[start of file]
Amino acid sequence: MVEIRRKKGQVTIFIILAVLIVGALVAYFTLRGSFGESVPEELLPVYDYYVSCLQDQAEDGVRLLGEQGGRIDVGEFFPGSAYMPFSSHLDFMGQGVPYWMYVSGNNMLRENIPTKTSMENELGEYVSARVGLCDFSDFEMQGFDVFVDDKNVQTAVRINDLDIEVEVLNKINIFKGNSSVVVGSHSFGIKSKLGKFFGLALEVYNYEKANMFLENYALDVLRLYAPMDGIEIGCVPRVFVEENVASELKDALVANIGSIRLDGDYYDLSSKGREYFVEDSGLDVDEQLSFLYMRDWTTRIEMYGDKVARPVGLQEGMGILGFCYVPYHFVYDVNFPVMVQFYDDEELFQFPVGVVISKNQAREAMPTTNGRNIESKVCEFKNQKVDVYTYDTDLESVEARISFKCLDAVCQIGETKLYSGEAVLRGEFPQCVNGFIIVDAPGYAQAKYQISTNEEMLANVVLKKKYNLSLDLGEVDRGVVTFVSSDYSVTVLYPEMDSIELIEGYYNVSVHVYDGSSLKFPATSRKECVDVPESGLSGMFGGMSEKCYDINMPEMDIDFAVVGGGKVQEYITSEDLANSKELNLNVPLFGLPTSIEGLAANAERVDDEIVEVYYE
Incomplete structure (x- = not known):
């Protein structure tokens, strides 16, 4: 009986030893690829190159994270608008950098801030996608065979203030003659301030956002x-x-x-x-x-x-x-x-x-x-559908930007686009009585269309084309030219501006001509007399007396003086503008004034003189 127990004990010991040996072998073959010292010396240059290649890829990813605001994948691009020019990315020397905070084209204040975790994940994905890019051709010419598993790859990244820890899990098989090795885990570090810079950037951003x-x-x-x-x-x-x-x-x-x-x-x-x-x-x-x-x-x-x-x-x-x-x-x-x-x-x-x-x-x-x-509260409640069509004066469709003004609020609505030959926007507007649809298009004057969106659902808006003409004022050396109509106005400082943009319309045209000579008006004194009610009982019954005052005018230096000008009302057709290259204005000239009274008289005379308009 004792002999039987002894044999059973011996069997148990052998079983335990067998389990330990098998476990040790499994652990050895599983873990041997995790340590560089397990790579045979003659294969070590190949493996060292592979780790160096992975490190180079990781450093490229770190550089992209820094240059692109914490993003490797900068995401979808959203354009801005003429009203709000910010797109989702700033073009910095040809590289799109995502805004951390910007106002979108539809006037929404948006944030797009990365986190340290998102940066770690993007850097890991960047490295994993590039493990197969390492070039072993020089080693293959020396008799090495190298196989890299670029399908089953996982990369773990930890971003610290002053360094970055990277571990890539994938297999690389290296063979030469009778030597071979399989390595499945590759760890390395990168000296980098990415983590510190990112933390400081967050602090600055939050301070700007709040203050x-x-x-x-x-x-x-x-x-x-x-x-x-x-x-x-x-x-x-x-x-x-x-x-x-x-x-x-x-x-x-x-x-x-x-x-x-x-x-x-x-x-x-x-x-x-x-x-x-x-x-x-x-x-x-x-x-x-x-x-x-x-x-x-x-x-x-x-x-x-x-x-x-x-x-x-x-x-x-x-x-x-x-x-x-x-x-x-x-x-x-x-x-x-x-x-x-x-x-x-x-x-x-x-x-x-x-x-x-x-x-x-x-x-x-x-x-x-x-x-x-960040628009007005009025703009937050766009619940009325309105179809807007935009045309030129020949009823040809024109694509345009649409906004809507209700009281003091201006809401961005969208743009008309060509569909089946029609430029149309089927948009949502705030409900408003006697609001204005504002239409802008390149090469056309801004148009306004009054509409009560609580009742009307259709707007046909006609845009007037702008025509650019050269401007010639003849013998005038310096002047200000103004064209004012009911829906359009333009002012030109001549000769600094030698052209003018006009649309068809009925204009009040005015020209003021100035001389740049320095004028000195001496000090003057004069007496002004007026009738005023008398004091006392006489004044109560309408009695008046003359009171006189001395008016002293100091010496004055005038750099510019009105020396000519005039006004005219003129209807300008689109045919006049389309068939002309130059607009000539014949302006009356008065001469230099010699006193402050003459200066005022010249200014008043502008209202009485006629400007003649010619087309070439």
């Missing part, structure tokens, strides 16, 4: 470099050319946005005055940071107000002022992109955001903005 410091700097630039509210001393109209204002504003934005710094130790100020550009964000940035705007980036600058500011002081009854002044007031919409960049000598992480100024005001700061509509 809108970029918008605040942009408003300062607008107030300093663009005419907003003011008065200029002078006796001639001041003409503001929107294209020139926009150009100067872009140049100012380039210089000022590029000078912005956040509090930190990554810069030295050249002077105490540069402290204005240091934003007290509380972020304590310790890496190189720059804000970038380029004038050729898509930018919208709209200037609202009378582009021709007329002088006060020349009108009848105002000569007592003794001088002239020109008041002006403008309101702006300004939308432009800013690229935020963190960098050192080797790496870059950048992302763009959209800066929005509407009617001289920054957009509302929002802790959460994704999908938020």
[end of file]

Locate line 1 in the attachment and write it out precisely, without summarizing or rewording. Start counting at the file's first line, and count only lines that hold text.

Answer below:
Amino acid sequence: MVEIRRKKGQVTIFIILAVLIVGALVAYFTLRGSFGESVPEELLPVYDYYVSCLQDQAEDGVRLLGEQGGRIDVGEFFPGSAYMPFSSHLDFMGQGVPYWMYVSGNNMLRENIPTKTSMENELGEYVSARVGLCDFSDFEMQGFDVFVDDKNVQTAVRINDLDIEVEVLNKINIFKGNSSVVVGSHSFGIKSKLGKFFGLALEVYNYEKANMFLENYALDVLRLYAPMDGIEIGCVPRVFVEENVASELKDALVANIGSIRLDGDYYDLSSKGREYFVEDSGLDVDEQLSFLYMRDWTTRIEMYGDKVARPVGLQEGMGILGFCYVPYHFVYDVNFPVMVQFYDDEELFQFPVGVVISKNQAREAMPTTNGRNIESKVCEFKNQKVDVYTYDTDLESVEARISFKCLDAVCQIGETKLYSGEAVLRGEFPQCVNGFIIVDAPGYAQAKYQISTNEEMLANVVLKKKYNLSLDLGEVDRGVVTFVSSDYSVTVLYPEMDSIELIEGYYNVSVHVYDGSSLKFPATSRKECVDVPESGLSGMFGGMSEKCYDINMPEMDIDFAVVGGGKVQEYITSEDLANSKELNLNVPLFGLPTSIEGLAANAERVDDEIVEVYYE